That is an intriguing, and somewhat unsettling thought. If carried to its extreme, it could begin to shut the door to aspiring authors, and return the world of publishing to its former closed-door state. Indeed, as more and more traditional publishers acquire self-publishing companies it is not outside the realm of possibility. However, I don’t think self-publishers (or the traditional publishers who might own them) would want to lose the revenue that such selectivity would produce. To avoid this loss they would have to increase the fees they charge for services, which would drive aspiring authors elsewhere. However, it may eventually lead to market segmentation among self-publishers, whereby one or more companies carve out a ‘premier SP imprint ’ niche that offers an indie author a faster track to a contract with one of the big traditional publishing house.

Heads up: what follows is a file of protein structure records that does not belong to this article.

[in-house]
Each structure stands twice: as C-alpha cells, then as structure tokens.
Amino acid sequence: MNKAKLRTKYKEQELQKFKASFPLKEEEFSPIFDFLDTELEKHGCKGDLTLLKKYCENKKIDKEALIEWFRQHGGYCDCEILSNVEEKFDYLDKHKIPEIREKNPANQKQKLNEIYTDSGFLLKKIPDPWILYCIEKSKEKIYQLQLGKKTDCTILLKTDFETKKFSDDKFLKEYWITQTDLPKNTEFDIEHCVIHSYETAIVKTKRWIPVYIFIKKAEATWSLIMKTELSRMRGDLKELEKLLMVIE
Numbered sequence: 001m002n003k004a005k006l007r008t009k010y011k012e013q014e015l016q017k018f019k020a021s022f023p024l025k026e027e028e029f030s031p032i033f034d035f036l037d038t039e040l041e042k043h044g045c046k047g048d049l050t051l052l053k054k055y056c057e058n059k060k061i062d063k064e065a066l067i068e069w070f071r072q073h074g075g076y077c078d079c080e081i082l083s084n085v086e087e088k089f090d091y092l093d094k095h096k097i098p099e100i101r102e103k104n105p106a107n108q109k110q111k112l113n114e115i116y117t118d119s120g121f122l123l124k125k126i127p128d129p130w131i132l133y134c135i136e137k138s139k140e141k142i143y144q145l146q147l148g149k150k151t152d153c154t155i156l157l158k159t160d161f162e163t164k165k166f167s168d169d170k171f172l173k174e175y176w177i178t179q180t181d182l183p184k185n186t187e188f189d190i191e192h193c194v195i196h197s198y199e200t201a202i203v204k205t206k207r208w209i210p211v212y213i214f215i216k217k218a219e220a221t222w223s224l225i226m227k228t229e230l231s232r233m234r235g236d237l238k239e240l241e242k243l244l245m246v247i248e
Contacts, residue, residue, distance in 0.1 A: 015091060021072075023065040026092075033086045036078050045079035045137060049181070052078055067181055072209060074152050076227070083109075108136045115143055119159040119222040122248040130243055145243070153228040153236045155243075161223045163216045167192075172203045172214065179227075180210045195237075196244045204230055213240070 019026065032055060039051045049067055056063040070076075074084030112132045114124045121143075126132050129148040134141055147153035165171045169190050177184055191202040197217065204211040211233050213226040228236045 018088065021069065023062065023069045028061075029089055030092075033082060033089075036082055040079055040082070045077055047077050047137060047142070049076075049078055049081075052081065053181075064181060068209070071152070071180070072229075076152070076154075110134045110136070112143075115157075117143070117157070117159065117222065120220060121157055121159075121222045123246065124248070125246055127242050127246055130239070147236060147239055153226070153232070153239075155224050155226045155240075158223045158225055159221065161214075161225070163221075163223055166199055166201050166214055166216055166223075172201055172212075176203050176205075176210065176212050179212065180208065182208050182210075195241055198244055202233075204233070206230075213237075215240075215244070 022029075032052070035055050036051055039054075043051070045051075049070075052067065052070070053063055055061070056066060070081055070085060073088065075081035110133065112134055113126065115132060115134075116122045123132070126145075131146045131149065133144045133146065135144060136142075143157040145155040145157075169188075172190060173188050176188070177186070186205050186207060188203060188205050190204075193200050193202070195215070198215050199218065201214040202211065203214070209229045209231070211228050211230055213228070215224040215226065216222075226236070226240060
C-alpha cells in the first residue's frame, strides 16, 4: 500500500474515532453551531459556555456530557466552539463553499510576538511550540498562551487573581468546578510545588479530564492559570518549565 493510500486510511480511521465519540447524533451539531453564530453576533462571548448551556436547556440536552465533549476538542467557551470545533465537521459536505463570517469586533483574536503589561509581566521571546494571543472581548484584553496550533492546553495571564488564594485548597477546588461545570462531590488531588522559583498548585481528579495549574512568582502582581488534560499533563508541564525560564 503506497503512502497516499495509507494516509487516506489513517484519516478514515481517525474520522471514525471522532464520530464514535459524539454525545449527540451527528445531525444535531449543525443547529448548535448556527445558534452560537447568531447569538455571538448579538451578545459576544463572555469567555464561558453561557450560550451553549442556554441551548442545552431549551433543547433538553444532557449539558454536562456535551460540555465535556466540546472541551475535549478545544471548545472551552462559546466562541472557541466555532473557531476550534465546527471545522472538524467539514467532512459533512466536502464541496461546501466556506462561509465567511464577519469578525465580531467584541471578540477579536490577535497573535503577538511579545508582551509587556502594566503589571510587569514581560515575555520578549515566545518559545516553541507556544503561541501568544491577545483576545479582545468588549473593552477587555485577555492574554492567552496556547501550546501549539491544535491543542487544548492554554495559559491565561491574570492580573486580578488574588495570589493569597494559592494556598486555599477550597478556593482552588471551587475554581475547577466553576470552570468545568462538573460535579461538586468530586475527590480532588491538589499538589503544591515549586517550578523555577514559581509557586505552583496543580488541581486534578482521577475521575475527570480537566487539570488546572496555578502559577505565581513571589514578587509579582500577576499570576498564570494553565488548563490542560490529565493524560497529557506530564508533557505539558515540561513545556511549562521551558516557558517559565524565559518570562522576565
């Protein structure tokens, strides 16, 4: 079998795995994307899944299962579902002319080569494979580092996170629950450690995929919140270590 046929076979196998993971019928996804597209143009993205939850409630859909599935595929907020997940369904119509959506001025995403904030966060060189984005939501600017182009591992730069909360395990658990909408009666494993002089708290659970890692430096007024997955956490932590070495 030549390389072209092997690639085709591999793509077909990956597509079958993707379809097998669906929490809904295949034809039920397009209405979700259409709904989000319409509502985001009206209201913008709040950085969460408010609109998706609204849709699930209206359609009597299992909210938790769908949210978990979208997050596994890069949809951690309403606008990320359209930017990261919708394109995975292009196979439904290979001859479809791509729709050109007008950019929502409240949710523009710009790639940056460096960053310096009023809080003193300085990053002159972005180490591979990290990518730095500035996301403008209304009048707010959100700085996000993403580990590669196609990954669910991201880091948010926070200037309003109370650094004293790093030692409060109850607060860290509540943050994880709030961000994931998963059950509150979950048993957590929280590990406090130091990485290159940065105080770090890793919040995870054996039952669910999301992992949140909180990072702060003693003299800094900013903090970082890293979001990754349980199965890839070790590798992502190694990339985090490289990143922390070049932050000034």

One of the more far-reaching consequences of self-publishing is that the traditional publishing business model comes under threat. With a lot of “cheap” books on the market – especially valid for e-books – prices are generally being pushed downwards, thereby reducing overall profitability on books. What will be the consequences of this, do you think? Will traditional publishing retreat to focus on “safe bets” only, whereby the newbie authors have no choice but to go for self-publishing?

I think traditional publishers are already there. This is one reason many of them are acquiring self-publishing companies as I mentioned in the previous answer. This provides them with an opportunity to reduce their risks by offering contracts only to authors who have already proven their profit potential. I was at a book seminar this past year where a speaker from one of the traditional publishers told the audience made up mostly of self-published authors that if they have sold several thousand books and have a following, she would love to talk to them. Hardly an appealing sales pitch. I am not sure why any indie author who was that successful would be interested!

Let us assume someone sends you a manuscript to read. It’s a great read (okay, yes a couple of minor spelling mistakes) and the writer wants your advice whether to submit to an agent/publisher or go it on their own. What would you say?